Repeated tibial lengthening as a stage of locomotor reconstruction in achondroplasia patients
Russian Ilizarov Scientific Center for Restorative Traumatology and Orthopaedics, Kurgan, Russia
Objective To show that some achondroplasia cases of surgical locomotor reconstruction require repeated tibial lengthening to achieve optimal anthropometric parameters and review dynamics in reparative osteogenesis during repeated tibial lengthening using optical densitometry. Material and methods A group of patients who underwent double tibial lengthening included 25 achondroplasia and hypochondroplasia patients who underwent treatment at the Russian Ilizarov Scientific Centre “Restorative Traumatology and Orthopaedics” from 2000 to 2013. Results Review of dynamics in reparative osteogenesis revealed no specific course of the procedure. Conclusions Medical, ergonomic and esthetic aspects of achondroplasia treatment can partially be addressed by approaching anthropometric parameters to the biomechanical, ergonomic and esthetic standards through repeated lengthening of lower limb segments.
Keywords: achondroplasia, limb lengthening, ergonomics, tibial lengthening, anthropometry
Rehabilitation of patients with achondroplasia can be considered as one of the unique forms of treatment available in orthopaedic surgery with extensive multi- staged operative interventions aimed at reconstruction of locomotor system.
The usage of public transport, industrial and house- hold equipment, occupational safety and health rules are known to impose high human requirements including ergonomic needs [1, 2]. Non-standard anthropometric measurements may interfere with everyday physical activity and overall quality of life.
The ergonomic aspects of locomotor reconstruction seek to approximate the key anthropometric human param- eters to some ergonomic standards of living environment. For this a number of anthropometric measurements needs to be corrected and lower limbs to be lengthened.
Objectives To show that some achondroplasia cases of surgical locomotor reconstruction require repeated tibial lengthening to achieve optimal anthropometric parameters and review dynamics in reparative osteogen- esis during repeated tibial lengthening using optical densitometry.
MATERIAL AND METHODS
A group of patients who underwent double tibial length- ening included 25 achondroplasia and hypochondroplasia patients who underwent treatment at the Russian Ilizarov Scientific Centre “Restorative Traumatology and Orthopae- dics” (RISC “RTO”) from 2000 to 2013. Total 50 tibiae were elongated. The average age at the time of index opera- tion was 8.3 ± 1.2 years. Unifocal tibial lengthening was produced for 17 patients due to a small length of the segment being lengthened in children aged 6 to 8 years. Repeated tibial lengthening was commenced approximately one year and more after completion of the first stage (1.8 ± 0.7 years) with the average age of the patients being 10.1 ± 2.7 years.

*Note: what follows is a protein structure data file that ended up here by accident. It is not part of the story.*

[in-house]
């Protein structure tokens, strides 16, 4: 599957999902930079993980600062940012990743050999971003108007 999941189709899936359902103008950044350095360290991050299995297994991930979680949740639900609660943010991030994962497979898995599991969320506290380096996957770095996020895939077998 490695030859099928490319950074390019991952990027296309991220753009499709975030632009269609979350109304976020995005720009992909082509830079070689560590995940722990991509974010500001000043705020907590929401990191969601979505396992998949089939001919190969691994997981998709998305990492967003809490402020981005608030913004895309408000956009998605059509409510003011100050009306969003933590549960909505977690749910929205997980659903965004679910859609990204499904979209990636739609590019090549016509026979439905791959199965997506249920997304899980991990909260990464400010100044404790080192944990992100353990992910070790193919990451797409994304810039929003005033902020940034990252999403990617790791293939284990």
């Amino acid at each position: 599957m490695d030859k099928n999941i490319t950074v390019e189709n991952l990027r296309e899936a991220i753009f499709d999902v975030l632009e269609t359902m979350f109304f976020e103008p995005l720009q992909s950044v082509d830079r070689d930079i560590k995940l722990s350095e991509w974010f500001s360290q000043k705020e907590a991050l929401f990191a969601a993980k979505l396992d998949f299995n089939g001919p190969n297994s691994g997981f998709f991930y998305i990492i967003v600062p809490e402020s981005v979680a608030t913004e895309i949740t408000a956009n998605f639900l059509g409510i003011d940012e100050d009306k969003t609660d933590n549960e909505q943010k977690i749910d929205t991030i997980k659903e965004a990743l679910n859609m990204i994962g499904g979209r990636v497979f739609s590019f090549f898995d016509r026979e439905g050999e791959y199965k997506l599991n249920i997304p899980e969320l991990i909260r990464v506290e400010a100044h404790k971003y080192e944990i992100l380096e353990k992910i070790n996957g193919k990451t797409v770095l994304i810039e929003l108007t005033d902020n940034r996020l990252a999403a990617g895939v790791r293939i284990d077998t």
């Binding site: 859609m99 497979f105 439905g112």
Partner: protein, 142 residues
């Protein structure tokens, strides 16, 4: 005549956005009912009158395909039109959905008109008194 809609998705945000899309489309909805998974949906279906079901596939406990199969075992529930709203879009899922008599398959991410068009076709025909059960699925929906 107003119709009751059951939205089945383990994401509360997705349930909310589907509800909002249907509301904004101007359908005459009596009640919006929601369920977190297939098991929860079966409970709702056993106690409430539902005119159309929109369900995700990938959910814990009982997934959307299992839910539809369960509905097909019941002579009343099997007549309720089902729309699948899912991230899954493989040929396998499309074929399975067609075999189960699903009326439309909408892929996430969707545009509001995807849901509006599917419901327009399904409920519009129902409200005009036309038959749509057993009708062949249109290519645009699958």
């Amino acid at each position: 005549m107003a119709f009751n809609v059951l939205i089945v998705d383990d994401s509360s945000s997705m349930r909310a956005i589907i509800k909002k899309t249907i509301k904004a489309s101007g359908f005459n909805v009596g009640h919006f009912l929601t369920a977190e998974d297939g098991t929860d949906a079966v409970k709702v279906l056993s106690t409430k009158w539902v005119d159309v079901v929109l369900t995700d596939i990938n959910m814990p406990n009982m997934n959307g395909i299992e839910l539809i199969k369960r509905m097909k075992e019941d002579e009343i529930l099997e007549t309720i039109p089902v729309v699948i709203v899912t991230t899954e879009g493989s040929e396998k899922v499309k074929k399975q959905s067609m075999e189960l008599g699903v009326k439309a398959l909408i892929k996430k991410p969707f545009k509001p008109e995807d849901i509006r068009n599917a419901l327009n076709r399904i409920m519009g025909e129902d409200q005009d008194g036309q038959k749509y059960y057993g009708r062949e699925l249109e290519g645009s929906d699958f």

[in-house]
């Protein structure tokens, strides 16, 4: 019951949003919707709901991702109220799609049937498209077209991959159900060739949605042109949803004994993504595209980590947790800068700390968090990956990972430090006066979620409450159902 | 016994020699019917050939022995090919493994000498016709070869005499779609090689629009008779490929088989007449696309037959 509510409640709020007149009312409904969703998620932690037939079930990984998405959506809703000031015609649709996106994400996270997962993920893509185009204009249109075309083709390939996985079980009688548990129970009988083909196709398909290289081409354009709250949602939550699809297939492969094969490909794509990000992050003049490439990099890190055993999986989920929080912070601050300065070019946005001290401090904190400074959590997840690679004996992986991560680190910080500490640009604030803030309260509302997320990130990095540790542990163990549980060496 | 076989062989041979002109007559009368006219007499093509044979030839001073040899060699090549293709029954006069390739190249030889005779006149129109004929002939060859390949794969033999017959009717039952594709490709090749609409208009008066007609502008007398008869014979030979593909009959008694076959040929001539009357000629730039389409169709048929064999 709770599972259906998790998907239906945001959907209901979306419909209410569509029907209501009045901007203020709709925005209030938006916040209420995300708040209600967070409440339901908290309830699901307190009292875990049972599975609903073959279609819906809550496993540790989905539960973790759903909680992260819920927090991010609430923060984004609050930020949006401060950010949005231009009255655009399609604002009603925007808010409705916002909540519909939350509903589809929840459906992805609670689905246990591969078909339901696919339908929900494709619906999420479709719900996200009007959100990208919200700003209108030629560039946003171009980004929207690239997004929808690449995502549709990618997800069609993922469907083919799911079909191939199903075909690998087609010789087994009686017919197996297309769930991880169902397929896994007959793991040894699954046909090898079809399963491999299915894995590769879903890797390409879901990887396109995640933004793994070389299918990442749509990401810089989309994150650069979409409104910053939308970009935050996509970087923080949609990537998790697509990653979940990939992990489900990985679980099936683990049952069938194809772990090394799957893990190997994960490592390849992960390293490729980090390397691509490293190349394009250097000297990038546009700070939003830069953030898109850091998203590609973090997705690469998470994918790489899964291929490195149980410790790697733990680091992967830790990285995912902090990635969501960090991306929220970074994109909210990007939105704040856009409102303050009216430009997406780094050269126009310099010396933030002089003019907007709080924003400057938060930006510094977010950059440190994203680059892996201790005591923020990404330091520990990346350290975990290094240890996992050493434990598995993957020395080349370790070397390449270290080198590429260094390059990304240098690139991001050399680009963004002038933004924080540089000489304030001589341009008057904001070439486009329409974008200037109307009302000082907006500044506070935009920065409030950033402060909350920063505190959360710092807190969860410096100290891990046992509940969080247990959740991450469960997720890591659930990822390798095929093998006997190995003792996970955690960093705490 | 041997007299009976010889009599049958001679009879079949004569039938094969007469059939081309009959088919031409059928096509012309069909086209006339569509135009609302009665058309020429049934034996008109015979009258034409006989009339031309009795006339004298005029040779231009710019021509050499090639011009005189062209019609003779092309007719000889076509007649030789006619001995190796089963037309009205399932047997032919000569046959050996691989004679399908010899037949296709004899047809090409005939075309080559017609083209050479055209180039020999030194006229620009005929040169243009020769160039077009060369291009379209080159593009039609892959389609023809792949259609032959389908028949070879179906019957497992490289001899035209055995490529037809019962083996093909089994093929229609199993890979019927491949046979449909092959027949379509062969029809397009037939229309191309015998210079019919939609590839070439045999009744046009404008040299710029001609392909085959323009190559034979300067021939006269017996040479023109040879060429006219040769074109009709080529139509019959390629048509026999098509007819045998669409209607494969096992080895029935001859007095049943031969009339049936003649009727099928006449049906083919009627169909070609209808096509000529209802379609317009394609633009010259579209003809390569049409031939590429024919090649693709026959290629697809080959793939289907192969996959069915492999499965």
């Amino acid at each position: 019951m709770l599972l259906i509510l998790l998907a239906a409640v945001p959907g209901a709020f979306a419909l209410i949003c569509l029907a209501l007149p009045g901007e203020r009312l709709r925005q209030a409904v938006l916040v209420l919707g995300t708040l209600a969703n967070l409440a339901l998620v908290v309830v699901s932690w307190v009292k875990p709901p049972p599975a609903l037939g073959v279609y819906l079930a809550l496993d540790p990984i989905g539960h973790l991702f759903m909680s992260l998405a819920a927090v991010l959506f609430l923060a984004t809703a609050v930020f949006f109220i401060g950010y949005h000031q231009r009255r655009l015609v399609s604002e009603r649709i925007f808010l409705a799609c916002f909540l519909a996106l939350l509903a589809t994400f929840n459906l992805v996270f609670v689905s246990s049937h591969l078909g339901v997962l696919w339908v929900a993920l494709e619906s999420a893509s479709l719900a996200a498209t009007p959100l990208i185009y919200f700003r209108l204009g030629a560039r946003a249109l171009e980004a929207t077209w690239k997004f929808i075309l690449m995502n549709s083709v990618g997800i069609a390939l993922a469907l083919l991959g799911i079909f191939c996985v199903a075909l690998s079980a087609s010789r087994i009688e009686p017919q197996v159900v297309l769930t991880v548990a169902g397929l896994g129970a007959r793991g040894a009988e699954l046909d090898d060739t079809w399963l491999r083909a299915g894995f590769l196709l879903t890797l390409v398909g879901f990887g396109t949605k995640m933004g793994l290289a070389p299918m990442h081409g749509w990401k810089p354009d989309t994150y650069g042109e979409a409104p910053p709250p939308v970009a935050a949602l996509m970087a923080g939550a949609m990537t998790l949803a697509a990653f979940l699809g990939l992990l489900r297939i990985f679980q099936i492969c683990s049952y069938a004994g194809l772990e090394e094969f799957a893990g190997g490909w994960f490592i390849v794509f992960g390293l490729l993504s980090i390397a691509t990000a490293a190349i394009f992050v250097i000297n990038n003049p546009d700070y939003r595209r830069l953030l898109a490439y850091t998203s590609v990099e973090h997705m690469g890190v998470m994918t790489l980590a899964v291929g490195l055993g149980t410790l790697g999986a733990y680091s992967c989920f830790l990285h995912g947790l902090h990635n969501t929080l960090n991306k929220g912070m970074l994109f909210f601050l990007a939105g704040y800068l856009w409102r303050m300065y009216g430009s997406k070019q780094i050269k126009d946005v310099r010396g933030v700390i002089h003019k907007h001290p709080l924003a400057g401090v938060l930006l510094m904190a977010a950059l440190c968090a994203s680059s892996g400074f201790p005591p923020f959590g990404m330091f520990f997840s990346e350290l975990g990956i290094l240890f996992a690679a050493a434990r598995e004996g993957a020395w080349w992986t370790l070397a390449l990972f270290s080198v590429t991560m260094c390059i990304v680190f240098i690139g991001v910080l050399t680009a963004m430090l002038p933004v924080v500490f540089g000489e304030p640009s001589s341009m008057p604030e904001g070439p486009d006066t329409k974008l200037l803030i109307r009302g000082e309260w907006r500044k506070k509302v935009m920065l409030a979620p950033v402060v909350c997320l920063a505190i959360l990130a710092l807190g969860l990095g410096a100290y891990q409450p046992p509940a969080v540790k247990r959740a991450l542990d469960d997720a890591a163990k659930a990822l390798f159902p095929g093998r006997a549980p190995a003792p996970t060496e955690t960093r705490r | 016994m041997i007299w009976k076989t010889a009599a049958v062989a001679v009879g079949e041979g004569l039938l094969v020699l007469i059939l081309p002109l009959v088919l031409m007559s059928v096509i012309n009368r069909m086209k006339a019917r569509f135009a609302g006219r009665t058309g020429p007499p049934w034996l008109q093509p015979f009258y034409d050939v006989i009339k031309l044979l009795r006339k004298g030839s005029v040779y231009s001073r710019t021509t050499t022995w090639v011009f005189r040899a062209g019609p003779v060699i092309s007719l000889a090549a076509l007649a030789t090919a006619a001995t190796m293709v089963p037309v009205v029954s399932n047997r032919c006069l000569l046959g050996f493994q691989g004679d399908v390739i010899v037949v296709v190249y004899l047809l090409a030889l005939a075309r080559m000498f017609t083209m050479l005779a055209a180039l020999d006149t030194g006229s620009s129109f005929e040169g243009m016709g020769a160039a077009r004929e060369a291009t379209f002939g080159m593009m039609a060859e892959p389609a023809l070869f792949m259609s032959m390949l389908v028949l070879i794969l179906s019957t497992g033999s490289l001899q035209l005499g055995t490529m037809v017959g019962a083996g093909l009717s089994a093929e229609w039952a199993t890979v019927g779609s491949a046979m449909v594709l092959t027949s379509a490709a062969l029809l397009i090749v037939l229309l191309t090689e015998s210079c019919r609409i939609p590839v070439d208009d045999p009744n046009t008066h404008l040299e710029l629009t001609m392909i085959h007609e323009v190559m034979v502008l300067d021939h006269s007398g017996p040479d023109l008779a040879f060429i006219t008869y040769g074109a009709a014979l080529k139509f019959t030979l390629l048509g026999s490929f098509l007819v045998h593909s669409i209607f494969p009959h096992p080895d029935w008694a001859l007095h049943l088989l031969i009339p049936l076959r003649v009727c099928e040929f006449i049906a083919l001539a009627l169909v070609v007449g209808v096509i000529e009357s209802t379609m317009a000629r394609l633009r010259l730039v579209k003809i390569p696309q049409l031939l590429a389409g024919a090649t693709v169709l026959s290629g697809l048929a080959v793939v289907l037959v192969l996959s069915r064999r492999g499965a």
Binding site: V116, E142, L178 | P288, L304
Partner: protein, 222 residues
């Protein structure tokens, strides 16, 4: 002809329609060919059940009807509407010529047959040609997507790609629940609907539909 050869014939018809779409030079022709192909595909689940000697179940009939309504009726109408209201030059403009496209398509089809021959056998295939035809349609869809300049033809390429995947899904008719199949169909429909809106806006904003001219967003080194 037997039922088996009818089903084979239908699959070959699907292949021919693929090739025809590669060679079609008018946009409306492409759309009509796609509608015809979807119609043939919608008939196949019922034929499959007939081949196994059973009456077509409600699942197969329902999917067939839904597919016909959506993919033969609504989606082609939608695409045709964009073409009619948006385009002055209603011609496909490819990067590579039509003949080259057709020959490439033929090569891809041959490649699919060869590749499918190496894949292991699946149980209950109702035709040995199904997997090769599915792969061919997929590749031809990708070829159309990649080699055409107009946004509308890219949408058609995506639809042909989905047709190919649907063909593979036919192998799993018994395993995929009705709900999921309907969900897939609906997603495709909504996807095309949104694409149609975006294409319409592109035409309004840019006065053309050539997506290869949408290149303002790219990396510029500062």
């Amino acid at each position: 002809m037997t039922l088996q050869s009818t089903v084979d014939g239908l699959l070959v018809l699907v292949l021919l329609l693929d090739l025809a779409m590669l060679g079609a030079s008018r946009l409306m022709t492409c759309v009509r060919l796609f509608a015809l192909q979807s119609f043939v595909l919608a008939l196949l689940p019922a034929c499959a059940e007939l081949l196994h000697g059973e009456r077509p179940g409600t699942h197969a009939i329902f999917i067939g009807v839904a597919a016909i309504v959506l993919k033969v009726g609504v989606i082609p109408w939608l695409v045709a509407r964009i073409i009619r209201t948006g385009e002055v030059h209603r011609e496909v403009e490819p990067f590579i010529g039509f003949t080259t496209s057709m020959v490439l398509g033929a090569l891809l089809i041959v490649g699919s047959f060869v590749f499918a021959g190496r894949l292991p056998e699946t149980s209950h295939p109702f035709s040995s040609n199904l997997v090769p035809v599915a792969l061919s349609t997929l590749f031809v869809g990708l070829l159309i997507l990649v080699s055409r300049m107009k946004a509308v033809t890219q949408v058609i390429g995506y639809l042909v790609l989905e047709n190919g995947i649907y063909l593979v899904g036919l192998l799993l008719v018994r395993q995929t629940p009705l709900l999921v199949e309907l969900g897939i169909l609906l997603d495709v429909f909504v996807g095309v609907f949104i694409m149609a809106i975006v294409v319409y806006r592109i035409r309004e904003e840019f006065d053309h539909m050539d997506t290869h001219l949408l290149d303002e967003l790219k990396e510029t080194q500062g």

Evaluation of intersegmental proportions between the torso and free limbs is important from clinical point of view. The coefficient of proportionality (CP) was used in our work and expressed as a percentage meas-
ured with the formula below ,
where L1 – total height; L2 – sitting height with normal CP measuring 87 to 92 %.
Dynamics in reparative osteogenesis was evaluated indirectly through measuring mineralisation at different parts of the segment being elongated with optical densi- tometry using digital and analog radiographs of the segment and Hi-Scene software developed at RISC “RTO”. Densitometric calculations showed how active the reparation was and also revealed structural features of the distractional regenerate bone. Optical density measurements were produced with radiographic images to evaluate mineralization in the tibial shaft and proxi- mal regenerate bone.
Klimov О.V., Aranovich А.М. Repeated tibial lengthening as a stage of locomotor reconstruction in achondroplasia patients.
Genij Ortopedii. 2017. T. 23. No 4. pp. 401-404. DOI 10.18019/1028-4427-2017-23-4-401-404. (In Russian)
RESULTS AND DISCUSSION
Although multiple lengthening procedures were per- formed for locomotor reconstruction of achondroplasia patients they were shown to be incapable to get jobs involving a lot of standing and moving, heavy lifting, associated with heavy occupational workload. They were more likely to experience different careers such as drivers, operators. Driving skills were also important for recreational and everyday activities.
These aspects of the interaction among human and other elements of a system are studied by ergonomics aimed at creating and maintaining a healthy and safe working, domestic and recreational environment. Pursu- ant to the first principle of ergonomics, workplace equipment and furniture which is appropriate and suita- ble for the work being done should be provided to assist at least 90 % of staff with the performance of work. Design technologies consider anthropometric data cor- responding to the 5th and 95th percentiles. Anthropomet- ric data of maximum longitudinal, transverse and ante- riorposterior body dimensions are considered when cal- culating minimal working area.
The second principle of ergonomics considers an- thropometric data of minimum longitudinal, transverse and anteriorposterior body dimensions when calculating clearance, reach and adjustability.
While ergonomics deals with the efficient organisation of the relationships between man and his environment we can consider anthropometric data corresponding to the 5th percentile in females for correction of anthropometric val- ues in achondroplasia patients. In this case it would be the anthropometric threshold proceeding from ergonomic principles of building up the structure and functional pa- rameters of objective-spatial environment .